John Winthrop & the Puritans Founded the Self-Governing Colony of Massachusetts
Beginning in 1629, a decade after the first Pilgrims arrived in North America, a large group of English Puritans began a “great migration” to America. The Puritans shared many of the Pilgrims’ radically reformed religious and political views, and they did not find a favorable environment for their views and their hopes for the church in England. Like the Pilgrims, they desired religious freedom and self-government.
In 1629, King Charles in England granted the Puritans a royal charter to plant the colony of Massachusetts Bay in America. The charter granted authority to the Massachusetts Bay Company, a commercial venture overseen by Puritans, to govern the colony. The Puritans—about 700 to 1000 on eleven ships—set sail to America and arrived in Massachusetts, near Plymouth, in 1630. The Puritans founded the colony of Massachusetts which would eventually absorb the Pilgrims’ colony of Plymouth.
In a distinctive move, the Puritans brought their charter with them to America. This move assured those in the company who came overseas that they would manage the company themselves. In bringing along their charter, the Puritans contributed to the creation of a self-governing colony because the charter became the basis for the colony’s first laws. Since the British Crown did not closely supervise activities in America, but allowed for self-government through local governors, the colony operated independently of England.
Puritan John Winthrop, a lawyer with strong beliefs, led this first group of Puritans who migrated to America. During his trip on the vessel Arbella, Winthrop delivered his famous 1630 sermon, A Model of Christian Charity, exhorting the Puritans to fulfill their purpose to become a “city on a hill”—a godly example of a colony for the world to see. Winthrop’s Model sermon would become one of the most well-known sermons of American history.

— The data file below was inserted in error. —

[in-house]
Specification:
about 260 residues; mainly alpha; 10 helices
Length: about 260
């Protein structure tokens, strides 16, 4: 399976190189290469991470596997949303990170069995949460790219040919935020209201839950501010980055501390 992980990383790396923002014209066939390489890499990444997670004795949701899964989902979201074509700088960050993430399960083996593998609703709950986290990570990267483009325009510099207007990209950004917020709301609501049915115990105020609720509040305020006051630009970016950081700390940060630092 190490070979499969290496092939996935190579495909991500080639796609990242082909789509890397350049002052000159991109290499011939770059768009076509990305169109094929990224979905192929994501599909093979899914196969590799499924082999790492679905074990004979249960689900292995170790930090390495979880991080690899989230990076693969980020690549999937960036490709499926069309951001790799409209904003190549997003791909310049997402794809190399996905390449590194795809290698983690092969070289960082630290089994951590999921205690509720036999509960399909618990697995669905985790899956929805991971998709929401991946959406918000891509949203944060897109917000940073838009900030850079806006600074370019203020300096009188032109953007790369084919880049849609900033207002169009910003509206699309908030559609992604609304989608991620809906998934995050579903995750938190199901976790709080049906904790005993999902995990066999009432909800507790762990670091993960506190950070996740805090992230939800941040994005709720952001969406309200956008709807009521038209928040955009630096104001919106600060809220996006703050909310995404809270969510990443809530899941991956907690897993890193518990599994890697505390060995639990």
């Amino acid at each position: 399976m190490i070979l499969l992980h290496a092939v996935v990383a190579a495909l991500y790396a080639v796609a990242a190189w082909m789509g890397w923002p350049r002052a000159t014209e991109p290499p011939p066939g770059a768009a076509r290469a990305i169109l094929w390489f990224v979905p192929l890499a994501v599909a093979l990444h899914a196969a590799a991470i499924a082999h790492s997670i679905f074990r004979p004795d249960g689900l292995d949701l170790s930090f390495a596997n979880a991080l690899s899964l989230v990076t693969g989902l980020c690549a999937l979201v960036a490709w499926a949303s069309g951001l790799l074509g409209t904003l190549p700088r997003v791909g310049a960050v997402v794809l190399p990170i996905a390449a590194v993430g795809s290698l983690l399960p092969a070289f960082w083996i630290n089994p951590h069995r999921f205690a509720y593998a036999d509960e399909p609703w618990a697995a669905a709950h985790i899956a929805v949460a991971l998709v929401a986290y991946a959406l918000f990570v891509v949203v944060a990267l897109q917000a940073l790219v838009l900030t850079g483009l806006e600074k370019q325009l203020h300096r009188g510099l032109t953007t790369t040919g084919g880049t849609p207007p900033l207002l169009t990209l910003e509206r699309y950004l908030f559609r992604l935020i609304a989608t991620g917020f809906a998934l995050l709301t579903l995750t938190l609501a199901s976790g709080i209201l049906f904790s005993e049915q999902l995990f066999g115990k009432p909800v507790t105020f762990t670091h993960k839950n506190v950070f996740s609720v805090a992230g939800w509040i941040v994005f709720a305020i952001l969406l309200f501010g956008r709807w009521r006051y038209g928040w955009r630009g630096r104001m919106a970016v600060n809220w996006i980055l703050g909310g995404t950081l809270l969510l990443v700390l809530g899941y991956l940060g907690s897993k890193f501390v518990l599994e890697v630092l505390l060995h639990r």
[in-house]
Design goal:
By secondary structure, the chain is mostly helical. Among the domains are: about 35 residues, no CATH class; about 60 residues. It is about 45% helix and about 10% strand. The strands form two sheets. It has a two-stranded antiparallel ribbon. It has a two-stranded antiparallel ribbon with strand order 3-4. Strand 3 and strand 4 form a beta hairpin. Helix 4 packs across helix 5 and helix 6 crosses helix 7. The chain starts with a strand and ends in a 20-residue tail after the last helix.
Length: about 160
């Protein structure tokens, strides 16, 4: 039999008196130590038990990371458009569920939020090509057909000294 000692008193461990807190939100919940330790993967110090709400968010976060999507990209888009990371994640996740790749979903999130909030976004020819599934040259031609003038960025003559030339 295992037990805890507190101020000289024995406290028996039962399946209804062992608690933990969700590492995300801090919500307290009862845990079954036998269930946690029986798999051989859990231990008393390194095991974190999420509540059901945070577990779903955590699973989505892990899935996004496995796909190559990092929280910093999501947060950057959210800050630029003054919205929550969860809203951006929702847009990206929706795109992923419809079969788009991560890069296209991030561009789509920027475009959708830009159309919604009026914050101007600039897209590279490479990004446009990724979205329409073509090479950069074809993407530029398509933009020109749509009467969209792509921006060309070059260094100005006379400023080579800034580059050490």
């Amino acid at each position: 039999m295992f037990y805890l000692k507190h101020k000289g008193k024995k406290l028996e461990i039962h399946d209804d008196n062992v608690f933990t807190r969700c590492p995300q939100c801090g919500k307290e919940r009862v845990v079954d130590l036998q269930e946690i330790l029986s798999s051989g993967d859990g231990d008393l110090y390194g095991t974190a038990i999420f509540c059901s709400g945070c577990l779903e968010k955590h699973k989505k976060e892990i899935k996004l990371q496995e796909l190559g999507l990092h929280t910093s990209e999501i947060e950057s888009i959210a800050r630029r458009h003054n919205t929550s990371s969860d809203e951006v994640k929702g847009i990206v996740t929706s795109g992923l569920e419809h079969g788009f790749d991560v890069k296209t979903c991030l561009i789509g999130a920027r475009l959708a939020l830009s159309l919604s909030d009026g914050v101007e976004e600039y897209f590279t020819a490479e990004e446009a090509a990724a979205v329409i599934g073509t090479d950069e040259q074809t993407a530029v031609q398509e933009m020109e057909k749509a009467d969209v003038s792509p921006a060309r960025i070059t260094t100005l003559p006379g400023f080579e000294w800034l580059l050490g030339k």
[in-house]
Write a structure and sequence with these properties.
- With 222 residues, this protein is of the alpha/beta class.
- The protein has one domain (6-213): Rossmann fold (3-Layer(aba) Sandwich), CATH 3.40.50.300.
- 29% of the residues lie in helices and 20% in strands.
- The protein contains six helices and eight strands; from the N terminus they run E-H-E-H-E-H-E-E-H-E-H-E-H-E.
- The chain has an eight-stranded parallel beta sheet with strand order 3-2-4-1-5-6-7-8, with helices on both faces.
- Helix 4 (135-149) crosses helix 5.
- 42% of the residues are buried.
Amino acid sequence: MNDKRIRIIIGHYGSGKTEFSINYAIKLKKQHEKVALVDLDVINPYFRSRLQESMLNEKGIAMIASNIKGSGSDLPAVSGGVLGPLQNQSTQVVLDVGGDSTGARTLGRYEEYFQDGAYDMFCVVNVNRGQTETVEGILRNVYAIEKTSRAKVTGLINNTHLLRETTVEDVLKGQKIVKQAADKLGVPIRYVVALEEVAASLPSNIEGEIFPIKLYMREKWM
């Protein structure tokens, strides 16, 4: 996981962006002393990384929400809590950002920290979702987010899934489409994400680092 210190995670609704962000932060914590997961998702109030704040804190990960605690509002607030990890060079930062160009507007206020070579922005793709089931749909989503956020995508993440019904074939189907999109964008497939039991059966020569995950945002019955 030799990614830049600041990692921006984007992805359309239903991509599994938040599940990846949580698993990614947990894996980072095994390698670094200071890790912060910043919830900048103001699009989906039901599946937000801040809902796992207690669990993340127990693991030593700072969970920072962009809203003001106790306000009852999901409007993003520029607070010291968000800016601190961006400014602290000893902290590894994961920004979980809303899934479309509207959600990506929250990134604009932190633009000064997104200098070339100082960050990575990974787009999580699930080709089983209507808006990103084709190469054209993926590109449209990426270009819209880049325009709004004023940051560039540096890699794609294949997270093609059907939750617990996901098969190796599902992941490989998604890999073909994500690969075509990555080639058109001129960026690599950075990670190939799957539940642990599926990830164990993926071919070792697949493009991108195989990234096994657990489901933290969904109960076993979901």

From AHEF and Angela E. Kamrath.
Source: Kamrath, Angela E. The Miracle of America: The Influence of the Bible on the Founding History and Principles of the United States of America for a People of Every Belief. Second Edition. Houston, TX: American Heritage Education Foundation, 2014, 2015.
Activity: Miracle of America High School Teacher Course Guide, Unit 3, Part 1 of 3, Activity 3: Learning More About the Puritans, pp. 104, 318-319. MS-HS.
Learning More About the Puritans…
Purpose/Objective: Students learn about the Puritans including their beliefs and practices such as covenants, identification with the Israelites, reasons for migrating to America such as religious freedom, leaders, and desire to form Bible Commonwealths in their colonies of Massachusetts and Connecticut.
Suggested Reading: Chapter 3 of Miracle of America sourcebook/text. Students read sections Introduction to 3.4.
Activity: KWL Chart. At the beginning of the unit, students complete the first 2 columns of the chart, writing what they KNOW about the Puritans and what they WANT TO KNOW. After each or both lessons, students complete the 3rd column on what they LEARNED about the Puritans. In class, let students share one point they learned about the Puritans that most surprised or intrigued them. Let students raise any questions they want to know about the Puritans that are still unanswered. If the question is not addressed in the lesson or group discussion, students may optionally pursue the answer with research and write down their findings. The KWL Chart may also be done with the more specific topic of Puritan religious beliefs. See “KWL Chart” in the “Supporting Resources” section of the course guide, pp. 317.
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